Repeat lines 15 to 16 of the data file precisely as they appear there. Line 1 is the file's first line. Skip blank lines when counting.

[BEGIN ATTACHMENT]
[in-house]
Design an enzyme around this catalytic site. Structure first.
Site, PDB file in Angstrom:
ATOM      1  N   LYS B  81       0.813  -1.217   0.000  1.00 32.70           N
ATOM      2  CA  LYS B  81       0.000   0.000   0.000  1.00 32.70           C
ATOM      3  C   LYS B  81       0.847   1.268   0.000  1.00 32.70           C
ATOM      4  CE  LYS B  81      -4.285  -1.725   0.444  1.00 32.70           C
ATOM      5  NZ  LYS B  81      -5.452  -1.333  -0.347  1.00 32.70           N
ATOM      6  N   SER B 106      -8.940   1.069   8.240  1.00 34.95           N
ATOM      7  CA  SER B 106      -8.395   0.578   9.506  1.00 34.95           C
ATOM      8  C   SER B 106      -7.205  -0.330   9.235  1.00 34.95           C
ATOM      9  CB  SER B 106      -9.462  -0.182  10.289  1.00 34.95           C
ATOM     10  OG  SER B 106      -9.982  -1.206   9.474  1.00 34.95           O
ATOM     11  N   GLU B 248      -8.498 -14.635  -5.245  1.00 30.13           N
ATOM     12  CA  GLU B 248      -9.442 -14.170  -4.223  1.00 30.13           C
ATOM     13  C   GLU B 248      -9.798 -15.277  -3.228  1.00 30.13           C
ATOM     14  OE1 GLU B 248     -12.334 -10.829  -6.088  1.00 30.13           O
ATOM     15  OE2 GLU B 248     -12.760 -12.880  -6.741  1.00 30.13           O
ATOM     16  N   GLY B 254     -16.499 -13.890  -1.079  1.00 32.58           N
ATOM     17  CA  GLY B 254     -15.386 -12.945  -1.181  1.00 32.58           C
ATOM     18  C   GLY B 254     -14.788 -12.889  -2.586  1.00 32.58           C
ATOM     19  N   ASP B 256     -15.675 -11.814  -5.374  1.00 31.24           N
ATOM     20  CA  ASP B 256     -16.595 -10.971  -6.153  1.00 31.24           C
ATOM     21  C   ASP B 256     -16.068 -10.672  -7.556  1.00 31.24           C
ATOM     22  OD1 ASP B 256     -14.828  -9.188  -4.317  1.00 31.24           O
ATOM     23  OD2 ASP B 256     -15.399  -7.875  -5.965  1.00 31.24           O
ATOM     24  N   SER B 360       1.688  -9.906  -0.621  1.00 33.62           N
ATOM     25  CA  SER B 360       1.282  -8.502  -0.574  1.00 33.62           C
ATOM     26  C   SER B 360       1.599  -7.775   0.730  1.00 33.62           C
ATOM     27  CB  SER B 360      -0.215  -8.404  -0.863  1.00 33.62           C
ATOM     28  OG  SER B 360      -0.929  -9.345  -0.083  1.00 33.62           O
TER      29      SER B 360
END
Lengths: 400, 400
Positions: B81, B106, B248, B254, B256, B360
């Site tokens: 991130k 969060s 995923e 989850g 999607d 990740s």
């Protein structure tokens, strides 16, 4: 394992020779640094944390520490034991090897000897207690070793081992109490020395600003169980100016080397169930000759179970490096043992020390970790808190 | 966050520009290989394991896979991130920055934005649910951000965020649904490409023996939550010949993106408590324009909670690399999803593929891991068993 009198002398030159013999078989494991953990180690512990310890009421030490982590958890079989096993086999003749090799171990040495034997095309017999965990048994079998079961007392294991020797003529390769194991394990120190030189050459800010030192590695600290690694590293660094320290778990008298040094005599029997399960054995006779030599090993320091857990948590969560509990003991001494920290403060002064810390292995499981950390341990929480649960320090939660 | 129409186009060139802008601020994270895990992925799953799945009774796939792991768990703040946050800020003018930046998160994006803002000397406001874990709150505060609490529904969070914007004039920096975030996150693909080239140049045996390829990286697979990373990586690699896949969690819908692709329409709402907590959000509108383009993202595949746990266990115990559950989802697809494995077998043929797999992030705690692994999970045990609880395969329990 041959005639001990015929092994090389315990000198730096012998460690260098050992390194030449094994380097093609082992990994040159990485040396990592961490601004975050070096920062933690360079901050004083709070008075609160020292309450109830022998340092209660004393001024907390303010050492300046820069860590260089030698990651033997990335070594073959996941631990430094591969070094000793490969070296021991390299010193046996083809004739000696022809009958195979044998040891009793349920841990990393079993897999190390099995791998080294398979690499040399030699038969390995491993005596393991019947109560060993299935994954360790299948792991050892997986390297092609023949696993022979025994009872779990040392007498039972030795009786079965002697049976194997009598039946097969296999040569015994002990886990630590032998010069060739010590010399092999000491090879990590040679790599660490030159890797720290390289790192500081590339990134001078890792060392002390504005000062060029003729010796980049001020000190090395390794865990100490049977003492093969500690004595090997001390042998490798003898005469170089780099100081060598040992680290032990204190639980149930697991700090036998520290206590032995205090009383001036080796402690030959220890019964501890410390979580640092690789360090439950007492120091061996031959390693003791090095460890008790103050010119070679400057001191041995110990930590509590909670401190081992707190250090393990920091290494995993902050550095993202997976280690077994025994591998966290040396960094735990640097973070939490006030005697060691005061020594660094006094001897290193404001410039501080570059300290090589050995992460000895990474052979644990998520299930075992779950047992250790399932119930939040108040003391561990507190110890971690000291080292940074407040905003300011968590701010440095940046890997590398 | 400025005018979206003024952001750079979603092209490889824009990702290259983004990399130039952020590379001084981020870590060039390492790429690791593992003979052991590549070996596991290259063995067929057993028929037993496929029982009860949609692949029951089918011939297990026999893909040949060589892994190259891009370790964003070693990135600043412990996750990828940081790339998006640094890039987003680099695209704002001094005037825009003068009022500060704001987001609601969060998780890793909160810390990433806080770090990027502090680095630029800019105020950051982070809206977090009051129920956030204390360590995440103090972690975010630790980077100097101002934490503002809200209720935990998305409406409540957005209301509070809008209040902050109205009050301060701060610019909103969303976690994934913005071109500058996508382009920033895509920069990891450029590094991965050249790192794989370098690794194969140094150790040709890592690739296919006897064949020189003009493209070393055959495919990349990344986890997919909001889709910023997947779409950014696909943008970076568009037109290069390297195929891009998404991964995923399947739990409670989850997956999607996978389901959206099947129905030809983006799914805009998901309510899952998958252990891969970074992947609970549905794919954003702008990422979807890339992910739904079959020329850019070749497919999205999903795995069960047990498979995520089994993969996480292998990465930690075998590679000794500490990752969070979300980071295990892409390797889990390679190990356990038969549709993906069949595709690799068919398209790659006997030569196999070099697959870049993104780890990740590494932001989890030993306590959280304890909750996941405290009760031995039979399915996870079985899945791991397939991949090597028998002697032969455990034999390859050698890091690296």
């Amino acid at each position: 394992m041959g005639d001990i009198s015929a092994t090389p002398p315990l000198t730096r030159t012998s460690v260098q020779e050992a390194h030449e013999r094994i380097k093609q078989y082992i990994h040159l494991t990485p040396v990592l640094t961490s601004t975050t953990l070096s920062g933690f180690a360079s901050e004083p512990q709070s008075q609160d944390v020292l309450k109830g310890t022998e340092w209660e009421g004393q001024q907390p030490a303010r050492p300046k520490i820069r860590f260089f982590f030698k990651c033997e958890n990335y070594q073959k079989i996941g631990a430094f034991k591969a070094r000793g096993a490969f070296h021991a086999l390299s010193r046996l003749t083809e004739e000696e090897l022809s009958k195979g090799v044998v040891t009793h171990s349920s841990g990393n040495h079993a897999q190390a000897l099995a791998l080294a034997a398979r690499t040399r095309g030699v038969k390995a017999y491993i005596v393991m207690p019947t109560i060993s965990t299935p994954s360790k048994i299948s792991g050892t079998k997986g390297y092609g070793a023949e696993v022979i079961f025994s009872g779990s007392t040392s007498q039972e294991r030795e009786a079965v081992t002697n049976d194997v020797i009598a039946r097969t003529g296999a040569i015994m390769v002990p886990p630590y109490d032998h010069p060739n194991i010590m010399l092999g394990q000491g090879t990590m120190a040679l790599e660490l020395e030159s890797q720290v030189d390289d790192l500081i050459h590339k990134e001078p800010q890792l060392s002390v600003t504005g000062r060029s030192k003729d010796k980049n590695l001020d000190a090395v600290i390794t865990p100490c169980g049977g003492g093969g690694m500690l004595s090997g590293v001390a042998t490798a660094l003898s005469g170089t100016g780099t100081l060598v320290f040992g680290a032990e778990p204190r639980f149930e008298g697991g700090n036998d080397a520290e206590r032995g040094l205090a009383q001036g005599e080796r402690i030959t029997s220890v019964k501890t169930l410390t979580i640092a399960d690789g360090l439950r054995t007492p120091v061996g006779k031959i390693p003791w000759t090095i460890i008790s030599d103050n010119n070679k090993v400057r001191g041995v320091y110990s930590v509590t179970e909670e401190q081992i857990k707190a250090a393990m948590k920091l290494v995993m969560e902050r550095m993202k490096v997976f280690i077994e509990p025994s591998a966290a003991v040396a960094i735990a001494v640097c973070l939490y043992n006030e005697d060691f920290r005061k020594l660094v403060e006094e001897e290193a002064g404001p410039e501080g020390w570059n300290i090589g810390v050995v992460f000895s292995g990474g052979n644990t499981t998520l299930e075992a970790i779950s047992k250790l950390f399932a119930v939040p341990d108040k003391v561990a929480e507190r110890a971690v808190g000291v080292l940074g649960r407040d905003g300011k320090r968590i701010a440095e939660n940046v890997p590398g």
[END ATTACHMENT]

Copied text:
ATOM     12  CA  GLU B 248      -9.442 -14.170  -4.223  1.00 30.13           C
ATOM     13  C   GLU B 248      -9.798 -15.277  -3.228  1.00 30.13           C